Private landlords are bound by law to fit carbon monoxide alarms where necessary, and failure to do so can lead to a fine of up to £5,000.

What to do if your carbon monoxide alarm goes off

The first thing to do if your carbon monoxide alarm goes off is to try to improve the ventilation of the room, by opening all windows and doors to try and rid your house of the gas. Carbon monoxide is most dangerous and concentrated in a sealed-off environment, so you need to ventilate your home to give the gas somewhere to escape. Do not switch on lights or use matches or a lighter.

You should turn off any fuel-burning appliances like fires, boilers, cookers, or ovens as quickly and safely as possible, and immediately exit the building. You should then remain outside, regardless of whether you are suffering from any of the aforementioned symptoms.

Remember, carbon monoxide poisoning is deadly, so if you’re worried you may have been exposed or there could be a leak in your property, you should act as quickly as possible. You can call the National Gas Emergency number on 0800 111 999.

You can also get further information from Cadent Gas's website on what to do if you suspect a carbon monoxide leak. (Opens in new window)

Boat Safety

The Boat Safety Scheme (BSS) has just published a new handout (Opens in a new window) as an essential guide to all the new requirements and background information. It covers what is required and how the checks will be carried out by BSS Examiners and how the alarms will help keep crew members safe, including:

  • CO alarm makers guidance about where to place a CO alarm to achieve the best protection,
  • What type of CO alarm to buy,
  • What to do if a CO alarm goes off,
  • What to do if carbon monoxide poisoning is suspected.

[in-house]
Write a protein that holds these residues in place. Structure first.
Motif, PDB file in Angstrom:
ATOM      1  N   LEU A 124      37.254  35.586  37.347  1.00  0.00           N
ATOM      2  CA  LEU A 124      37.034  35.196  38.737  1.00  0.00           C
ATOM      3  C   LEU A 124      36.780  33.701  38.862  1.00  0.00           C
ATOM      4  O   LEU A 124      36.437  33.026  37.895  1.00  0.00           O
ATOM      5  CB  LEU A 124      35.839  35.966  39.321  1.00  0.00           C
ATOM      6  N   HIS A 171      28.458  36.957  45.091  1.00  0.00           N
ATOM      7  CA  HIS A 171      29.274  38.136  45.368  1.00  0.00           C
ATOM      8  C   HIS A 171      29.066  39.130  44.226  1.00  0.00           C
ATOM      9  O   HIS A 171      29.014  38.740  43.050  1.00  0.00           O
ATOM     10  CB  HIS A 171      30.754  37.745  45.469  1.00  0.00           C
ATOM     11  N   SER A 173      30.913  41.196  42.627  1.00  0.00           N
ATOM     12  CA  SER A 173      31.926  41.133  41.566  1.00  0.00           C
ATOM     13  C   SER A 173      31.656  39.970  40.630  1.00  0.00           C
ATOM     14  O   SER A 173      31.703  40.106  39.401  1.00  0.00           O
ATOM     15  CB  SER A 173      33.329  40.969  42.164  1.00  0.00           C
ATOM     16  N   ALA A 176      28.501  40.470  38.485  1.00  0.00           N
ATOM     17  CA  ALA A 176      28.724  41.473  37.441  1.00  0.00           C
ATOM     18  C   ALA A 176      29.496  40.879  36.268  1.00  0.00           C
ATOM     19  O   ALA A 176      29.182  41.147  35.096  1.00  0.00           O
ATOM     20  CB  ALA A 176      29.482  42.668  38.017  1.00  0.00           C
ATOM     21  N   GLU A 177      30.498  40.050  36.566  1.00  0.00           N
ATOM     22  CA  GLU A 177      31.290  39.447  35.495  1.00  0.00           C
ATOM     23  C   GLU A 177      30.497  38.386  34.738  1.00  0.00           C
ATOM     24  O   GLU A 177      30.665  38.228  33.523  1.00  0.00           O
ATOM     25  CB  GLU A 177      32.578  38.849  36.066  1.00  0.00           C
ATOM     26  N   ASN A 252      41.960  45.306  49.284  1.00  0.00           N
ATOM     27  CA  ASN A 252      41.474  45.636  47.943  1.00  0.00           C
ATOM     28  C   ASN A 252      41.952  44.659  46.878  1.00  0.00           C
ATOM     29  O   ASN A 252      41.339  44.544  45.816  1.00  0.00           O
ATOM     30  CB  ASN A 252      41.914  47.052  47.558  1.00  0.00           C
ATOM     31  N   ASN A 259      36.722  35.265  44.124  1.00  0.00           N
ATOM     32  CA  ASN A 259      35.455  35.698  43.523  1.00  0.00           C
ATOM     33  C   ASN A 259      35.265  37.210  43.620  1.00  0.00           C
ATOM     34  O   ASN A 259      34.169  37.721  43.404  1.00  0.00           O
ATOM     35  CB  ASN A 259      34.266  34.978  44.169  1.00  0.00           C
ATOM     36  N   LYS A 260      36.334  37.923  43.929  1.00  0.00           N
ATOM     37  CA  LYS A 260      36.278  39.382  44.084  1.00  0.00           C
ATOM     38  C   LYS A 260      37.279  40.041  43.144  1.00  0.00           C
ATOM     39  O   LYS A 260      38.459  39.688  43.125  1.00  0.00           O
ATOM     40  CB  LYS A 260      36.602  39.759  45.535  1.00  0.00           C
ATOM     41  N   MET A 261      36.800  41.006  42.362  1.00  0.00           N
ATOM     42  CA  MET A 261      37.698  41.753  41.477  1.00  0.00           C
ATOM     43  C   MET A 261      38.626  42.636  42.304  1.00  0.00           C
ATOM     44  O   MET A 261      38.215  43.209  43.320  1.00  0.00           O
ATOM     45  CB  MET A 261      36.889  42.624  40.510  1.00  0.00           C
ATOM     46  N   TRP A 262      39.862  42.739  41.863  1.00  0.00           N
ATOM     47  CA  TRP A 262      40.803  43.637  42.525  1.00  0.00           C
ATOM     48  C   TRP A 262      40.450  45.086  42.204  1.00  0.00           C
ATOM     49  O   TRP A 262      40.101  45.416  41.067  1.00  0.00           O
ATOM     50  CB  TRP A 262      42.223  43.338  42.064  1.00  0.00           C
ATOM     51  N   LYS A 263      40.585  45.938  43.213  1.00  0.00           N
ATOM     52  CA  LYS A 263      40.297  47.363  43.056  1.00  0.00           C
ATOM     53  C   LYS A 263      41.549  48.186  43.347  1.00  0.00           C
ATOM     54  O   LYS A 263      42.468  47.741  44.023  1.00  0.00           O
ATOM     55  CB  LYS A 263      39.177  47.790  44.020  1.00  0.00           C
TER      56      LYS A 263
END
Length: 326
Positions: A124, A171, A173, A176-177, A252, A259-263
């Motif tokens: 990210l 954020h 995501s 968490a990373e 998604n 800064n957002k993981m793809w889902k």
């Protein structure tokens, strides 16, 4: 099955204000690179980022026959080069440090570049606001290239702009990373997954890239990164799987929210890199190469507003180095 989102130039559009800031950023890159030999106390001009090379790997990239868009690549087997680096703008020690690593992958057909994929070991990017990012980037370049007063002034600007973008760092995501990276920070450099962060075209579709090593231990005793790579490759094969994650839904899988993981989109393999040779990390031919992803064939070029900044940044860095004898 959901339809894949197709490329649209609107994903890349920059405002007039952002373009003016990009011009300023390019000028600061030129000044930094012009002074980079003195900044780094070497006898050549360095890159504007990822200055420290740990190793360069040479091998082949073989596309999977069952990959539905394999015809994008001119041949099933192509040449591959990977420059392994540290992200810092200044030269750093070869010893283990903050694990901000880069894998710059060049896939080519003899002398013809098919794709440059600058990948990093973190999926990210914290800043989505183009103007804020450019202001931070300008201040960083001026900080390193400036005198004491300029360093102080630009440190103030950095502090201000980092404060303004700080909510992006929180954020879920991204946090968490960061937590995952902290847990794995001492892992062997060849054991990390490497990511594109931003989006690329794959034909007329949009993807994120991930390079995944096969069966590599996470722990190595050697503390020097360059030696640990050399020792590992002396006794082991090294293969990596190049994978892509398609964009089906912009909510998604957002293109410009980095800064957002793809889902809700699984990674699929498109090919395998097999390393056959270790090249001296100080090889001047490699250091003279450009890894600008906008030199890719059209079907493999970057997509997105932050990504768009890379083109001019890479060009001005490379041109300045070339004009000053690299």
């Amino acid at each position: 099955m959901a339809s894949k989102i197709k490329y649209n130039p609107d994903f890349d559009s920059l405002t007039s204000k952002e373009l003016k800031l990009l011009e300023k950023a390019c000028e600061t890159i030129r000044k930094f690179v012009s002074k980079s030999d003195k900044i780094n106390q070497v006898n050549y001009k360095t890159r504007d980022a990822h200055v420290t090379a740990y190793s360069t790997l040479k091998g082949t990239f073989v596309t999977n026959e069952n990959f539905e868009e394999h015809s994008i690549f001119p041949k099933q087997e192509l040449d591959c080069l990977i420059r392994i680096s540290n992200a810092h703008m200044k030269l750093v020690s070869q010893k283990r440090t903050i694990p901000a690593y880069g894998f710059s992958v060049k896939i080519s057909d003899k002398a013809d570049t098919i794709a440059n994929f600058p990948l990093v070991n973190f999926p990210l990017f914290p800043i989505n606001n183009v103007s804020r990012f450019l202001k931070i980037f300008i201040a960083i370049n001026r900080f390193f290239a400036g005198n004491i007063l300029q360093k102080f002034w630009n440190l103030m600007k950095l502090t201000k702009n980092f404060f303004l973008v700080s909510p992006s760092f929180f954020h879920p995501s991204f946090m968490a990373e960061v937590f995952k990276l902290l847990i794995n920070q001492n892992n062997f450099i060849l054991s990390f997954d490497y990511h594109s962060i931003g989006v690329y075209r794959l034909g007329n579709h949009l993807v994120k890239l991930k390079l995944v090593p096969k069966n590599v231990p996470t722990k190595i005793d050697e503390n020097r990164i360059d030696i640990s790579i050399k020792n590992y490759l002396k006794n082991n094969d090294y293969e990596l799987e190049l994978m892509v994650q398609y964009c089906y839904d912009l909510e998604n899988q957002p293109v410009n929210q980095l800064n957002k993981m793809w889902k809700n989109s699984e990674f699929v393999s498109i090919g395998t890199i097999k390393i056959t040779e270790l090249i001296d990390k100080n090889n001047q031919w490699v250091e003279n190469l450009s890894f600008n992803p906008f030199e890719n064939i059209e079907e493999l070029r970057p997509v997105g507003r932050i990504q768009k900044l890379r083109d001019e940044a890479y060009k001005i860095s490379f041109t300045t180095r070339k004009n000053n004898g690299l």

Many people don’t realise the dangers of Carbon Monoxide poisoning, or CO as it’s known. It only takes one faulty appliance, blocked flue, or a build-up of engine exhaust gas to potentially harm you and your family.

"Each year boaters die or are made seriously ill from carbon monoxide (CO) poisoning - Boats are built to keep water out, but this also makes them good containers for gases and fumes."

When carbon-based, appliances and engine fuels, such as gas, LPG, coal, wood, paraffin, oil, petrol, and diesel don't burn completely, CO is produced.

CO build-up in the cabin can occur with one or a mix of these factors:

  • with faulty, badly maintained, or misused appliances
  • exhaust fumes from a boat's engine or generator
  • escaped flue gases from solid fuel stoves
  • short supply of air - fuels need the right amount of oxygen to burn safely

So how safe from CO do you think you are?

Happy boating is boating safe from CO, so we have a short quiz for you and your crew to take to decide how safe are you from CO?

Will you be surprised at some of the answers or are you managing this risk like the best of boaters?

Please take 5 minutes out of your day to test your knowledge and how you behave to discover how safe are you and your crew from CO? (.pdf, Opens in a new window)

10 tips to keep you and your crew alive!

  • All the crew should know the symptoms of CO poisoning and how to react if it is suspected
  • Install fuel-burning appliances properly, in line with makers directions
  • Follow servicing guidelines; maintenance should be routine and competent - Don't allow bodged repairs, adjustments, and adaptations
  • Always use appliances as per the instructions and never use cookers for space heating
  • Don’t block ventilation – appliance fuels like gas, coal, wood, oil, paraffin, etc. need sufficient air to burn safely
  • Don’t bring charcoal BBQs on board, or have them near a cabin during or after use - only stone-cold charcoal is safe
  • Keep engine fumes out of the cabin space, never use a portable generator in or near a cabin
  • Learn about the danger signs, spot potential hazards before CO occurs
  • Deal with problems immediately, never use equipment you suspect has problems
  • Install at least one certified CO alarm (BS EN 50291-2), test it routinely, and never remove the batteries